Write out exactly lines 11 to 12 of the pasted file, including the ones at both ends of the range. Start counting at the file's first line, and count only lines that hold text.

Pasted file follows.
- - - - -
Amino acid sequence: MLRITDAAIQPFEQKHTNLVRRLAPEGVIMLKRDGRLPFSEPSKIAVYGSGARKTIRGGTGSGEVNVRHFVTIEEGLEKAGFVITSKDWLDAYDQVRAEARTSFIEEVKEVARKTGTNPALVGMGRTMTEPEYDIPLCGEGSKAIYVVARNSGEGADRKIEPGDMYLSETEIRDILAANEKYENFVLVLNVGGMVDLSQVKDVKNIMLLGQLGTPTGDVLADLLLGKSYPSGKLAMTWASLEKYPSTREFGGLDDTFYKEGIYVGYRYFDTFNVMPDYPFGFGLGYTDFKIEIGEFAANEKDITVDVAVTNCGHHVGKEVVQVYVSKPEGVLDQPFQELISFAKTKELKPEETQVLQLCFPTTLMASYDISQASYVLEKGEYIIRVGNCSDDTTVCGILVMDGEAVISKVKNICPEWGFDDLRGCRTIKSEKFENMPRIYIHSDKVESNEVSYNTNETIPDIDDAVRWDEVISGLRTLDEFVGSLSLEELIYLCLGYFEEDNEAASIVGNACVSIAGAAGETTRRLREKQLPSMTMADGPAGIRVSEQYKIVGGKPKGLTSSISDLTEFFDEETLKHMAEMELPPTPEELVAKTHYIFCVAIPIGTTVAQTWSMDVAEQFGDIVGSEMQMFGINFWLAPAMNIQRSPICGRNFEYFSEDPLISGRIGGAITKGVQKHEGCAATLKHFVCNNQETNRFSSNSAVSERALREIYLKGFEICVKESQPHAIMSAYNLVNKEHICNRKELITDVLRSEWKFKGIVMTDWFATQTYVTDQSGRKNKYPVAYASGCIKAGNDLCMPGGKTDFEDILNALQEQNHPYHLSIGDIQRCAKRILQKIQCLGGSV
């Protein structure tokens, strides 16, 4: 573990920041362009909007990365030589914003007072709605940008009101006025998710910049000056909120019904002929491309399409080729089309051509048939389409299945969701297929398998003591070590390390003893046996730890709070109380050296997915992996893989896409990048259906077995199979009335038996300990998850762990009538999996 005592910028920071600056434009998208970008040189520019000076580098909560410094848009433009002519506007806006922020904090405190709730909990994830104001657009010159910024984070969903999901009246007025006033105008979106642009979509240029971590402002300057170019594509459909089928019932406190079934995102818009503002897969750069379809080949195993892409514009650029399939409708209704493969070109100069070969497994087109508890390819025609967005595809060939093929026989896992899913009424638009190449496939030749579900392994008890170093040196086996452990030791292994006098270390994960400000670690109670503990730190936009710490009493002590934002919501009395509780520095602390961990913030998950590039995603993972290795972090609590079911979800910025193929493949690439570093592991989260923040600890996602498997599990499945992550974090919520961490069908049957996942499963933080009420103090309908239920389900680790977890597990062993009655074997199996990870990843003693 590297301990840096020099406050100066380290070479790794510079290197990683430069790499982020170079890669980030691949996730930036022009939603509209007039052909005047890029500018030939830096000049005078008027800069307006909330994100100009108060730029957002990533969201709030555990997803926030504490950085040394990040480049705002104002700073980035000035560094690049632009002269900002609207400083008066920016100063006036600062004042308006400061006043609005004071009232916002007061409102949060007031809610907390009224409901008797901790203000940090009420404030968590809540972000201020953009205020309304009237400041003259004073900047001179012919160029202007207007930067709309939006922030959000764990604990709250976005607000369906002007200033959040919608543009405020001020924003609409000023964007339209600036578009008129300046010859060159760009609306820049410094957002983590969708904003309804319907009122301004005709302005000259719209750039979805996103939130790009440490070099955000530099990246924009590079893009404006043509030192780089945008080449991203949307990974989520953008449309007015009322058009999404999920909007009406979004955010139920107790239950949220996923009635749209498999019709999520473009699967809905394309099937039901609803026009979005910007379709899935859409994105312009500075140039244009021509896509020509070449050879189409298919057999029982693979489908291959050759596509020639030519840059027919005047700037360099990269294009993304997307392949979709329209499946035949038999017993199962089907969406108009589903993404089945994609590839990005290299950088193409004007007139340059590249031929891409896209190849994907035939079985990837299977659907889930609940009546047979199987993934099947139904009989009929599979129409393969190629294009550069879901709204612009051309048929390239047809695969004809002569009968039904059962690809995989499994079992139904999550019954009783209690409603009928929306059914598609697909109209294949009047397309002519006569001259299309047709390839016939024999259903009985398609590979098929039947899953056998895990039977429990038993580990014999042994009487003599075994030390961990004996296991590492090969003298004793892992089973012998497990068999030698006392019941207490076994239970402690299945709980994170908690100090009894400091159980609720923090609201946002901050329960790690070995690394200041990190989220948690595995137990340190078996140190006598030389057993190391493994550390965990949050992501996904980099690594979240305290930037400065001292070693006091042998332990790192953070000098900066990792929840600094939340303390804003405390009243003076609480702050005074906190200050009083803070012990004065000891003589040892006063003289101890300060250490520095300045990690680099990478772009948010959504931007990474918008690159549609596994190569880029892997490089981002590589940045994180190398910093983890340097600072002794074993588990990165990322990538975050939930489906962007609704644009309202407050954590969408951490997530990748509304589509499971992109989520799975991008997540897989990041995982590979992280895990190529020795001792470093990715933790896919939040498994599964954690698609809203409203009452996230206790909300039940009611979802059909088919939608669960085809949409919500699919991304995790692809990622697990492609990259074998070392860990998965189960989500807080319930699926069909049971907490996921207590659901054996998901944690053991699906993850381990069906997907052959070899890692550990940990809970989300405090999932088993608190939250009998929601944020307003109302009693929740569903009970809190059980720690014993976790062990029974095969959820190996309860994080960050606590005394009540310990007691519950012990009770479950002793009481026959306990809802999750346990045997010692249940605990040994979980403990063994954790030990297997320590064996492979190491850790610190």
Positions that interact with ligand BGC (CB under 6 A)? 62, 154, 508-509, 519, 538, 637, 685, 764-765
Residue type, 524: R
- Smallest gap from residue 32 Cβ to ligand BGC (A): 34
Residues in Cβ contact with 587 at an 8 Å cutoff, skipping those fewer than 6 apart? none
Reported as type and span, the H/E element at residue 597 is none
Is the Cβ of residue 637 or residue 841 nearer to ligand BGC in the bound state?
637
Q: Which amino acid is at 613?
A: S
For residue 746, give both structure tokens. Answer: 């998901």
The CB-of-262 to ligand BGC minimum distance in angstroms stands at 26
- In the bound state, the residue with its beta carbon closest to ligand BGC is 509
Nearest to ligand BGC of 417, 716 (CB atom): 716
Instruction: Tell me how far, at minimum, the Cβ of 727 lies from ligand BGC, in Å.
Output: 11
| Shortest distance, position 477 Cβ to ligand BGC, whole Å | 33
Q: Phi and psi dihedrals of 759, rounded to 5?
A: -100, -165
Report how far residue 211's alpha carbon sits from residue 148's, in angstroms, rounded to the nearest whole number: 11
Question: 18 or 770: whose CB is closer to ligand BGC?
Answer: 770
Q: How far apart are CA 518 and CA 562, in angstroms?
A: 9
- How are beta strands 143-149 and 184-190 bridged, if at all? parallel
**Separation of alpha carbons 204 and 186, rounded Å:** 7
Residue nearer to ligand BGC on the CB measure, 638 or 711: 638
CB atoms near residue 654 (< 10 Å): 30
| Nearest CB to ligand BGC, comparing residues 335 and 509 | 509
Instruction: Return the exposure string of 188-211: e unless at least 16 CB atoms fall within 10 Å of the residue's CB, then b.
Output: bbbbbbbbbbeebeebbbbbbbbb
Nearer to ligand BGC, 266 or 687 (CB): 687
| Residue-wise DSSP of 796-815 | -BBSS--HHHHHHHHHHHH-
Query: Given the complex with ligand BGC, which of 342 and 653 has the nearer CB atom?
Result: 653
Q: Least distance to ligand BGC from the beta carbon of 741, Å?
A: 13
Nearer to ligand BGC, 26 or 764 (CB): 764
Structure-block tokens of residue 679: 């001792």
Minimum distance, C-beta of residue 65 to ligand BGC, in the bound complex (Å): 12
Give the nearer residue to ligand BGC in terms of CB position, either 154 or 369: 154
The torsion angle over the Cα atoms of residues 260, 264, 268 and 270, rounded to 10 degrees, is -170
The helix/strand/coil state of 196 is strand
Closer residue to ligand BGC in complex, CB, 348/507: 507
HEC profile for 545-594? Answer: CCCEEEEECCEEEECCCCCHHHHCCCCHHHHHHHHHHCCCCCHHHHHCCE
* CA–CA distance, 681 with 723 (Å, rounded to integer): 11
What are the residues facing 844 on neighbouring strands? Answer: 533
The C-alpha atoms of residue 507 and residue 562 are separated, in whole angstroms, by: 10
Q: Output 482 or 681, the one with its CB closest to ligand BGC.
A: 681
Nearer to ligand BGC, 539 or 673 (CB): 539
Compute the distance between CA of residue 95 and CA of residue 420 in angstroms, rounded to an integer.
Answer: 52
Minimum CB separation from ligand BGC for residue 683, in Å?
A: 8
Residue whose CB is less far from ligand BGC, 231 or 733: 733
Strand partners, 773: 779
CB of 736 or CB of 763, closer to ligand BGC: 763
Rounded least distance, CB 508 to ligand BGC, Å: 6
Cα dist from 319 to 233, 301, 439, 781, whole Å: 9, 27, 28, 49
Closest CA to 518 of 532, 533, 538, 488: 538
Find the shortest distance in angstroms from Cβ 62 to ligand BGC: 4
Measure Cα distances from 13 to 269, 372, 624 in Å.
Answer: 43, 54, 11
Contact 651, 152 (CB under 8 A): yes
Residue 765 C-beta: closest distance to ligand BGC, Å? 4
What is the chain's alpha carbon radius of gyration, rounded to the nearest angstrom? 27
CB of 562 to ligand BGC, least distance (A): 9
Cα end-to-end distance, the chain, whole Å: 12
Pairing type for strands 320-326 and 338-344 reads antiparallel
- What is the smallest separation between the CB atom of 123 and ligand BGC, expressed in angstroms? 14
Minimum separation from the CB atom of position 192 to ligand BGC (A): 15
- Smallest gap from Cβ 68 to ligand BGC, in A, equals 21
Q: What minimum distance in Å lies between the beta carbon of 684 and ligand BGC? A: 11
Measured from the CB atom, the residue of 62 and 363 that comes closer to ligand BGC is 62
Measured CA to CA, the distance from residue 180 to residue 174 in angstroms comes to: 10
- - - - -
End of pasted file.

A: S
For residue 746, give both structure tokens. Answer: 């998901």